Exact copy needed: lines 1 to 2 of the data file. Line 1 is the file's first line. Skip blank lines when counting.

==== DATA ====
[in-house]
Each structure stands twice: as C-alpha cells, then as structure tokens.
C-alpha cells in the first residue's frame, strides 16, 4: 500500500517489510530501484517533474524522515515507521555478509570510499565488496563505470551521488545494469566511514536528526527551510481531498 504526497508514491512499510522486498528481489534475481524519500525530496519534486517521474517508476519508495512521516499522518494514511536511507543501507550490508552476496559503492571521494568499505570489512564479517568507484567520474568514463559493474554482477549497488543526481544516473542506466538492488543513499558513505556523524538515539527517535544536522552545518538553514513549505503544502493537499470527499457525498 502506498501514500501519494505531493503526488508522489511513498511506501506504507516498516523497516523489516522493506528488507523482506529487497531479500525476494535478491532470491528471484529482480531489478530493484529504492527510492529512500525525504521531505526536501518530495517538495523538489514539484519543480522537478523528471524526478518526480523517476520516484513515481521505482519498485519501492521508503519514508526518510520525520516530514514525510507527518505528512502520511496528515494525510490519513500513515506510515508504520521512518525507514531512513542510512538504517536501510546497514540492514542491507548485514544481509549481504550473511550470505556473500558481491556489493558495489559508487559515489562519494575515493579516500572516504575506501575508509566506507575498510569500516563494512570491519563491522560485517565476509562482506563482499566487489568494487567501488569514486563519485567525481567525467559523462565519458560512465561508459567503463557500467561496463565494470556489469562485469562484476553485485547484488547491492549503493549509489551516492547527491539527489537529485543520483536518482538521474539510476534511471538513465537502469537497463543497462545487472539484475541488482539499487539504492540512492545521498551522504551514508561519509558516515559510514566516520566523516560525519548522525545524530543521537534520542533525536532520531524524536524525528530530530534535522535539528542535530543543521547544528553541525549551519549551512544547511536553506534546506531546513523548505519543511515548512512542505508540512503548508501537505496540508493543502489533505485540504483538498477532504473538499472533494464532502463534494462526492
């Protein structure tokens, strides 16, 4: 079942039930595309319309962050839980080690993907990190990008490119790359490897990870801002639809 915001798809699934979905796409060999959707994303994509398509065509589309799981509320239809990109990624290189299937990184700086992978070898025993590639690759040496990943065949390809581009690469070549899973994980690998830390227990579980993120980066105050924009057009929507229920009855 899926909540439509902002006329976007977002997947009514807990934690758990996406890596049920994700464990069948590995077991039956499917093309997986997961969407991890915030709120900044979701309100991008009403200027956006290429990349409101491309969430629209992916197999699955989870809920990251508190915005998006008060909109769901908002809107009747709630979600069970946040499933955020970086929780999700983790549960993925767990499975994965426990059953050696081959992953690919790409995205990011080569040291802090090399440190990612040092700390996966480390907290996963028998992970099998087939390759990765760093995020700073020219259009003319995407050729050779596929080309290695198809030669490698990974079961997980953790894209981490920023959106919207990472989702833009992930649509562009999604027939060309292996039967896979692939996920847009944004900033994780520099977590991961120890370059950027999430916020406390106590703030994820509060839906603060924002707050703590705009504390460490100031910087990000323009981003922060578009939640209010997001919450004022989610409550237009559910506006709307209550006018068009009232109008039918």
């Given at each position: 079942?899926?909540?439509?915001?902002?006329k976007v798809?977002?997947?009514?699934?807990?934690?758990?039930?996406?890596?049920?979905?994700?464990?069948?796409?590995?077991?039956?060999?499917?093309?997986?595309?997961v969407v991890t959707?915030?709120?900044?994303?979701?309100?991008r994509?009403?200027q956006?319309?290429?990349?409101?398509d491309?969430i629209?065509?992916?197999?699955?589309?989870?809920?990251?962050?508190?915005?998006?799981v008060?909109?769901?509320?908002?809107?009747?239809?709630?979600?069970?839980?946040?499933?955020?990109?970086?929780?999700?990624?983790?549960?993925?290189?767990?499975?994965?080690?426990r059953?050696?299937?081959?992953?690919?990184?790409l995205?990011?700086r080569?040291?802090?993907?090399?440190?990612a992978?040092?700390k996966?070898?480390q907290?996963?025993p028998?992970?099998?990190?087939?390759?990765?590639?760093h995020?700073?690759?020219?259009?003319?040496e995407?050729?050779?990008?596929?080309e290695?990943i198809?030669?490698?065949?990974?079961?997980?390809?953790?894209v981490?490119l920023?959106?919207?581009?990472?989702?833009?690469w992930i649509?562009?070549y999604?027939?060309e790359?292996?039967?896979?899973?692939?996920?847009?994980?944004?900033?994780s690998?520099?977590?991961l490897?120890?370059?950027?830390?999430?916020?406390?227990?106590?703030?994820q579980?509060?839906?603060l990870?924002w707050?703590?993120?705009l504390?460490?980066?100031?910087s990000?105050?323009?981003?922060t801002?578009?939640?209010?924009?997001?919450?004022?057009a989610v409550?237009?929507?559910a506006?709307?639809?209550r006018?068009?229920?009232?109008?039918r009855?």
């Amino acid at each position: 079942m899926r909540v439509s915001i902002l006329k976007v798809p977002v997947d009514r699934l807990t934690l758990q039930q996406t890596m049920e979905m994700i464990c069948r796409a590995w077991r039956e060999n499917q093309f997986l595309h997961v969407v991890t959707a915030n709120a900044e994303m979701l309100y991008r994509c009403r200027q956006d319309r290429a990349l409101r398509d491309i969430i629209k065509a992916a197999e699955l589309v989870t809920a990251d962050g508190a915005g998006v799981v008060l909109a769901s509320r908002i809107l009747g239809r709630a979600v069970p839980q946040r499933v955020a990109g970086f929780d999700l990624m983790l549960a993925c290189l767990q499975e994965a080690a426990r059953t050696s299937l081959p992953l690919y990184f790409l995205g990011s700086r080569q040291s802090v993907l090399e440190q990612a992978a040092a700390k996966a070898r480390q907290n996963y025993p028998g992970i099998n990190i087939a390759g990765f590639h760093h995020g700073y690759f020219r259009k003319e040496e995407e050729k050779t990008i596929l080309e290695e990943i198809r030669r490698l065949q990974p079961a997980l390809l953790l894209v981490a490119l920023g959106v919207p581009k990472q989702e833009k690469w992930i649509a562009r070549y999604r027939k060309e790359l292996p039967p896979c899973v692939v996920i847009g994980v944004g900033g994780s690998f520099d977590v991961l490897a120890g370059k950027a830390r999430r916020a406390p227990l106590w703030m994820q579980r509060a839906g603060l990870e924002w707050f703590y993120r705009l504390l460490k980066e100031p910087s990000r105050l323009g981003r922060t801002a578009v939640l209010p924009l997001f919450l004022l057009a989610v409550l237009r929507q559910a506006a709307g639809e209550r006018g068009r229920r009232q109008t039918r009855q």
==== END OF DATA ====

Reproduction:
[in-house]
Each structure stands twice: as C-alpha cells, then as structure tokens.